The term contracture may be used in various contexts:

  1. Clinically, to describe an acquired restriction of joint mobility (prenatally acquired restriction of joint mobility is called arthrogryposis). This may be due to a variety of factors, including prolonged muscle spasticity with or without muscle fibrosis (i.e., without pathological muscle shortening), and ligamentous restrictions. This often occurs in the context of limb immobilization or inactivity, for example in a flexed posture. Injections of botulinum toxin to abolish muscle spasticity may be required to assess whether there is concurrent ligamentous restriction, and thus to plan optimum treatment, which may involve surgery. Contractures of muscular origin may be seen in conditions, such as Emery-Dreifuss disease (especially elbow, Achilles tendon, posterior part of neck) and Duchenne muscular dystrophy.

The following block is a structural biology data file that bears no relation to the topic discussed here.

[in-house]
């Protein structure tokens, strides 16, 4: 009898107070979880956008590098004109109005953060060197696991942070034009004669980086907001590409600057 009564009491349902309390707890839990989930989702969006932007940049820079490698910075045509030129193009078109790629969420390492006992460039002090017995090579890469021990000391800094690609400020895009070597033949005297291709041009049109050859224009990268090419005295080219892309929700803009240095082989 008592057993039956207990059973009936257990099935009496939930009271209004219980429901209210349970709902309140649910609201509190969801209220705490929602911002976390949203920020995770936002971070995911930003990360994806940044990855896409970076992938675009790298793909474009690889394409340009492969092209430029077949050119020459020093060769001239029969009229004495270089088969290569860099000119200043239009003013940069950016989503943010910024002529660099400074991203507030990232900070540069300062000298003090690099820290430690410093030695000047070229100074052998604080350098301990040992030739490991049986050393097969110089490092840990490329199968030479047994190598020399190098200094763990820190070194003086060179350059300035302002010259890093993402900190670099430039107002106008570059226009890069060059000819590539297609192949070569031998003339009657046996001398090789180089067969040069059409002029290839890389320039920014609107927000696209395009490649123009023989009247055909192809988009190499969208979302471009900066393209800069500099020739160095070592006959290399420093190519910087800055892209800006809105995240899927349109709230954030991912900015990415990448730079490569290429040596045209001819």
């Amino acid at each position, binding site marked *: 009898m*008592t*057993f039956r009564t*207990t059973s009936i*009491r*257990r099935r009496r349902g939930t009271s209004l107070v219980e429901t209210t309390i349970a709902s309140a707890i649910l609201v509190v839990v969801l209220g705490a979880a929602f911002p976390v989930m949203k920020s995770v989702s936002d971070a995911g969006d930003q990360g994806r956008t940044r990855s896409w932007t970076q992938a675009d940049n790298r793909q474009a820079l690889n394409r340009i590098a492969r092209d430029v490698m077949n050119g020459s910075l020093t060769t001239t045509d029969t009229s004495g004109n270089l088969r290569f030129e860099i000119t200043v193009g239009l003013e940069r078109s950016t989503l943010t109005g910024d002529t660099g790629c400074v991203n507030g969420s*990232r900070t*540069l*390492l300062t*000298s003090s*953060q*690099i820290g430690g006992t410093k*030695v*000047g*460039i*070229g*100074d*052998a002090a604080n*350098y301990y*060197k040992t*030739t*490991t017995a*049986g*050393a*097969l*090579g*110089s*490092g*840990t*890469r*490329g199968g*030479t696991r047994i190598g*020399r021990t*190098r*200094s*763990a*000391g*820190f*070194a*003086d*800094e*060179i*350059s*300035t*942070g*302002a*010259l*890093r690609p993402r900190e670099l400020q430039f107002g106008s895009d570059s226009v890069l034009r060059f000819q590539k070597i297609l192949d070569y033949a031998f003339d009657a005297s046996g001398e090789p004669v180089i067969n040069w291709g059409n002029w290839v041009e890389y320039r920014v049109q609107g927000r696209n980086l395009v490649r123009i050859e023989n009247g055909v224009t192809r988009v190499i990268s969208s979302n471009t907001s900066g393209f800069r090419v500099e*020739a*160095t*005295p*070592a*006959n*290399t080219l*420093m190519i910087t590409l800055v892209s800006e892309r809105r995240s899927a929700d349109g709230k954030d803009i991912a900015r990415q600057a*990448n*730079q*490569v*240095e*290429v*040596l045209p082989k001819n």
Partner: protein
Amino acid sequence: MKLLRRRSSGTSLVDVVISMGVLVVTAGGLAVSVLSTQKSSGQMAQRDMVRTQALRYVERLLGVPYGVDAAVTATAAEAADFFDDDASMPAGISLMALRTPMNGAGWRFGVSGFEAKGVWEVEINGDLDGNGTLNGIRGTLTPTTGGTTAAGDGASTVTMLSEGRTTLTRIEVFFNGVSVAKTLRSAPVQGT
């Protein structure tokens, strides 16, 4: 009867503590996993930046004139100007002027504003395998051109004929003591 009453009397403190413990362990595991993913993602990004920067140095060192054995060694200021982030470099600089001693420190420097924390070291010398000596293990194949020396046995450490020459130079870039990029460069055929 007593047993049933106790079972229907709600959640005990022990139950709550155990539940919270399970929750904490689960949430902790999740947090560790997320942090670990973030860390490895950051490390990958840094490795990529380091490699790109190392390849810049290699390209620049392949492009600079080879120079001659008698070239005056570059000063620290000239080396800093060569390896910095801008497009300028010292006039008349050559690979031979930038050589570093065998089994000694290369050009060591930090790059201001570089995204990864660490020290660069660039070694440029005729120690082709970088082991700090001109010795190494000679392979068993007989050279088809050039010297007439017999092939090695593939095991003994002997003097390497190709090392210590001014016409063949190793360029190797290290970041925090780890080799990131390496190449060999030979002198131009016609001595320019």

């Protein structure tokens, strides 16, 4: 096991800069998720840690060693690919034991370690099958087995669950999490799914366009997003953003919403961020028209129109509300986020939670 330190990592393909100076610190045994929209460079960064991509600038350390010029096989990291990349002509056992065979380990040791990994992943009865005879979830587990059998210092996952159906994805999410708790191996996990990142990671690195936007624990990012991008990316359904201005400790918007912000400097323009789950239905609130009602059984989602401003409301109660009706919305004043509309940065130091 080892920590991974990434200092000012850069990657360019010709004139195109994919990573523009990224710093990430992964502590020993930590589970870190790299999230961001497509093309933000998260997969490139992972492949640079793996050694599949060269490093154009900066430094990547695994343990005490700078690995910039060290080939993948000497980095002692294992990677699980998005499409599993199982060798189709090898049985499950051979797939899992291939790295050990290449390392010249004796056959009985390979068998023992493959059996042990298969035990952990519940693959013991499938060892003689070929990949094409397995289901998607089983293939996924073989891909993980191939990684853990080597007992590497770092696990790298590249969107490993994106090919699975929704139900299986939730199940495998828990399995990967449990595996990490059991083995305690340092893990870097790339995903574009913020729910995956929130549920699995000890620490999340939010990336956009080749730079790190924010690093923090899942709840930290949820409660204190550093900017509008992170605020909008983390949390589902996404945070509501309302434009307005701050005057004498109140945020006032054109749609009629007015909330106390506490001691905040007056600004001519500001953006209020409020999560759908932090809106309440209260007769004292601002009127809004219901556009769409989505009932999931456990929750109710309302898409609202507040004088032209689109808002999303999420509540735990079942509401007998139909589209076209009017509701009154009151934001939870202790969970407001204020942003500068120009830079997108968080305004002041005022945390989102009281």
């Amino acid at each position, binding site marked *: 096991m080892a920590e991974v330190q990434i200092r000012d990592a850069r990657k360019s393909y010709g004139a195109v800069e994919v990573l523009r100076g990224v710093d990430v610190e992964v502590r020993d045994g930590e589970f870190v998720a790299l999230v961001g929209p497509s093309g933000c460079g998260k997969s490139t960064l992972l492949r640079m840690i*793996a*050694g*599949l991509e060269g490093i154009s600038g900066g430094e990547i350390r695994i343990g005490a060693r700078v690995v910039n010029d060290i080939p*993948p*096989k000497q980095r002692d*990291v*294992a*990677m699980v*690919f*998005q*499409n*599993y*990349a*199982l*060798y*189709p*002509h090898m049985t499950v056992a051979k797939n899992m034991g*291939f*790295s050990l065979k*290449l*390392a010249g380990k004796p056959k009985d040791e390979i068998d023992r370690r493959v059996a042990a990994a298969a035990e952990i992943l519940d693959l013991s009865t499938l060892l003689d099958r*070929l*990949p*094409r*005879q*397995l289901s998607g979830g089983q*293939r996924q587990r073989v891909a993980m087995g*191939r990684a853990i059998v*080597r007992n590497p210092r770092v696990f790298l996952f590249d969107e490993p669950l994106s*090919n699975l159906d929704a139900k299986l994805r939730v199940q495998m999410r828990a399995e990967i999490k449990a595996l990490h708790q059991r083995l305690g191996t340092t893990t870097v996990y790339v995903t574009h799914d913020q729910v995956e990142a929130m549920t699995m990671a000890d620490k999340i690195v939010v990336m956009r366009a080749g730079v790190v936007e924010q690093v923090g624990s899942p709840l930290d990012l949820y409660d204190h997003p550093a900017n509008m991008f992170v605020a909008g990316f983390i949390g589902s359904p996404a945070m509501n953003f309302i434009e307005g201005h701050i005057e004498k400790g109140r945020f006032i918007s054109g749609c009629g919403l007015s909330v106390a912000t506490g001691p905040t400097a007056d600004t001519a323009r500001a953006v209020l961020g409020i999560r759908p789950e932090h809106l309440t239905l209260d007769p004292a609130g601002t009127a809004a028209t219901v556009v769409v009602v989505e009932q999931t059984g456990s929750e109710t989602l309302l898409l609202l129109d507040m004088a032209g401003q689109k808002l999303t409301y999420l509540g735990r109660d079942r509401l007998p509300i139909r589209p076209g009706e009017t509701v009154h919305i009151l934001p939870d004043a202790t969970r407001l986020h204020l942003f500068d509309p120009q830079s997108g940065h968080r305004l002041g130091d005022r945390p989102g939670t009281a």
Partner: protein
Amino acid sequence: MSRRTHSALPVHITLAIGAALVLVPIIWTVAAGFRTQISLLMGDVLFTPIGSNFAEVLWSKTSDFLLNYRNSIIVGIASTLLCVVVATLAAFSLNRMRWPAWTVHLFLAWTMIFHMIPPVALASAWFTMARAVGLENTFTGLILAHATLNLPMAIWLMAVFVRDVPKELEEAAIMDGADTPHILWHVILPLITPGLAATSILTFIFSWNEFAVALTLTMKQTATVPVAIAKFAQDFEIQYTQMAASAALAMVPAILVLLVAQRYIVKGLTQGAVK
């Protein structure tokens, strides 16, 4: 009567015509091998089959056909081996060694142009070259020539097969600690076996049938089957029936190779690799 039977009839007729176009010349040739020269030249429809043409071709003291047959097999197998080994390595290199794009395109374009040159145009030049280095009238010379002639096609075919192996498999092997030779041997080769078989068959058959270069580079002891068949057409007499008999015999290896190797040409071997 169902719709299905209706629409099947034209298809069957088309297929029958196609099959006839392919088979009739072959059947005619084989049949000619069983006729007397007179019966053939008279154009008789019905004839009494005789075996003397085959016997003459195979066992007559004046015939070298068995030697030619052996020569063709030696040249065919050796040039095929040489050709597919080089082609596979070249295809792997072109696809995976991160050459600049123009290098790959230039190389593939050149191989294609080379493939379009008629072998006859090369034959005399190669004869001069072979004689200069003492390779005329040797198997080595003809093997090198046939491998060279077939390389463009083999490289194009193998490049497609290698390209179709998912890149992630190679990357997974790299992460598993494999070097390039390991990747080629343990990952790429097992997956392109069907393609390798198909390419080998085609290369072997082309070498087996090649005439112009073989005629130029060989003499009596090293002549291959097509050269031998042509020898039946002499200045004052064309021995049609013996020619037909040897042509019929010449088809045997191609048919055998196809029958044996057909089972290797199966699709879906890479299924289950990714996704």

2. Clinically, to describe a hard, contracted muscle, painful to straighten, and lasting several hours following exercise in a metabolic myopathy, such as McArdle’s disease (myophosphorylase deficiency, glycogen storage disease type V); this may be associated with EMG silence.
  3. Physiologically, to describe a prolonged painful muscle spasm with EMG silence, as observed in myotonia and paramyotonia.


Cross References

Myotonia; Paramyotonia; Paraplegia; Spasm; Spasticity